Needless to say, it would not be helpful to drink alcohol or use other mind-altering substances.  If you’re anger temperature is in the “rage” range of the anger scale, don’t drive.  Walk instead, for at least a half hour, until your anger level has dropped.  If you have been physically aggressive in the past, don’t return until you are sure your anger is under control.  Stay with a friend or relative, or find a nearby motel or hotel.  Stay the night, a week or as long as you need.

Taking a time out is not giving in.  When you take a time out, you are taking charge of a volatile situation in the best way you can under the circumstances.  Keep in mind that your priority is to gain greater control over your anger and to refrain from becoming aggressive.  As you get better at this, you will eventually be able to discuss and resolve the most controversial and volatile issues.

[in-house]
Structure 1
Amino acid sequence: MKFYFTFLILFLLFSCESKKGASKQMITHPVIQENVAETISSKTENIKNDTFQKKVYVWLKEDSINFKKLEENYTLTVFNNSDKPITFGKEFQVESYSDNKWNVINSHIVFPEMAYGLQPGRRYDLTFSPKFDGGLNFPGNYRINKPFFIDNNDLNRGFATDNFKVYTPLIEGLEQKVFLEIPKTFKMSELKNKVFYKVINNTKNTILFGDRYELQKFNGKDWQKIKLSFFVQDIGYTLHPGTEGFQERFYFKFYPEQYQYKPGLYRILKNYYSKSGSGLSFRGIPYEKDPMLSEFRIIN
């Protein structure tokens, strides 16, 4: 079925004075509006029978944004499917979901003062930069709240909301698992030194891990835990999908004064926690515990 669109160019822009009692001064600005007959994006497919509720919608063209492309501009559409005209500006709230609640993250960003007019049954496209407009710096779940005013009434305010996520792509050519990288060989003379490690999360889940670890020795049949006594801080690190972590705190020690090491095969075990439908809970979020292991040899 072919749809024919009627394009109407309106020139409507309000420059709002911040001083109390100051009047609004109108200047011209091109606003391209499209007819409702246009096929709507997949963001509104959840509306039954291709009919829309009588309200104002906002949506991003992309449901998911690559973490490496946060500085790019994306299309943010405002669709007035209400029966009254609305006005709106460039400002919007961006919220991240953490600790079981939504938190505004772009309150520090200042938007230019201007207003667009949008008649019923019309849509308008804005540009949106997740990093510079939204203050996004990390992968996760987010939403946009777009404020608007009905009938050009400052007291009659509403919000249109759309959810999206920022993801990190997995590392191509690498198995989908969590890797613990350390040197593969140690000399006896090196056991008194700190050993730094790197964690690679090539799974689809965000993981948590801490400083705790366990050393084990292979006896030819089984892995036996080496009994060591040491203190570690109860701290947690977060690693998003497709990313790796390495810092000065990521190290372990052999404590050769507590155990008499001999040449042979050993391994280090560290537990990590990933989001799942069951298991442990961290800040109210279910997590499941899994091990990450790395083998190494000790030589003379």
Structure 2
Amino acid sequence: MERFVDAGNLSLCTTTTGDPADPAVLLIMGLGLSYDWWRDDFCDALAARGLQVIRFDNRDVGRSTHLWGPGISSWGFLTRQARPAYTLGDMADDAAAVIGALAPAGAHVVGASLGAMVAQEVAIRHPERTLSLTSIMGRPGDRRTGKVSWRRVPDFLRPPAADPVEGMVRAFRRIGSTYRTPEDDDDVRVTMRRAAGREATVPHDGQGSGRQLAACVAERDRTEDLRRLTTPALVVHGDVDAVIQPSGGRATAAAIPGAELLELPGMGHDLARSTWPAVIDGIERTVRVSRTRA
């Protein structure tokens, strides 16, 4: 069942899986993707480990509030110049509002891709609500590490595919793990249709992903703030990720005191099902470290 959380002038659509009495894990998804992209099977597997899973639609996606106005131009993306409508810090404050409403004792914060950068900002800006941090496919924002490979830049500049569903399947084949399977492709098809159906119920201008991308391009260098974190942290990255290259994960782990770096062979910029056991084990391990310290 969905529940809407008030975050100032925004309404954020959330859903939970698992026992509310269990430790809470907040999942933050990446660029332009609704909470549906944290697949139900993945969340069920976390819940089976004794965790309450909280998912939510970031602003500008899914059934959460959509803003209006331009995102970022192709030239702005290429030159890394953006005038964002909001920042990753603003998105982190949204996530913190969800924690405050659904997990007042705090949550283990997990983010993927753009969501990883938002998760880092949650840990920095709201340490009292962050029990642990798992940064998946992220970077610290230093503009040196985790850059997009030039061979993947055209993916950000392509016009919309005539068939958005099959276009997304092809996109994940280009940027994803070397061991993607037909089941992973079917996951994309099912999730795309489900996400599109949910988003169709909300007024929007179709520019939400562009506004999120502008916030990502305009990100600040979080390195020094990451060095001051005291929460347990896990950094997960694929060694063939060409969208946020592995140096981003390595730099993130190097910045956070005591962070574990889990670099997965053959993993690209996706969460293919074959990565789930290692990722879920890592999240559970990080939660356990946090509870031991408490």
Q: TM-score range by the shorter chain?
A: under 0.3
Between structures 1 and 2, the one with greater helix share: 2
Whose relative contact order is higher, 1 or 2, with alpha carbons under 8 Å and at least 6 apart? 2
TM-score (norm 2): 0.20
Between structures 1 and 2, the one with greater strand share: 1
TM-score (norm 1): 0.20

If you follow this advice to the best of your ability, good things will happen.  Change will be slow at first, and hard-earned, but it will be real – the kind of change that lasts a lifetime.  You will sometimes resist this change.

Right now, your aggressive/dysfunctional behaviors feel “normal” or “right” to you, but this is only because they are so deeply ingrained, and are literally part of your brain physiology.  Although you cannot completely “unlearn” old, dysfunctional behaviors, you can, by practicing new and more appropriate behaviors, build alternative connections in your brain.

As these alternative connections replace the old ones, the new behaviors you have been practicing will begin to feel more “normal.”

Good luck!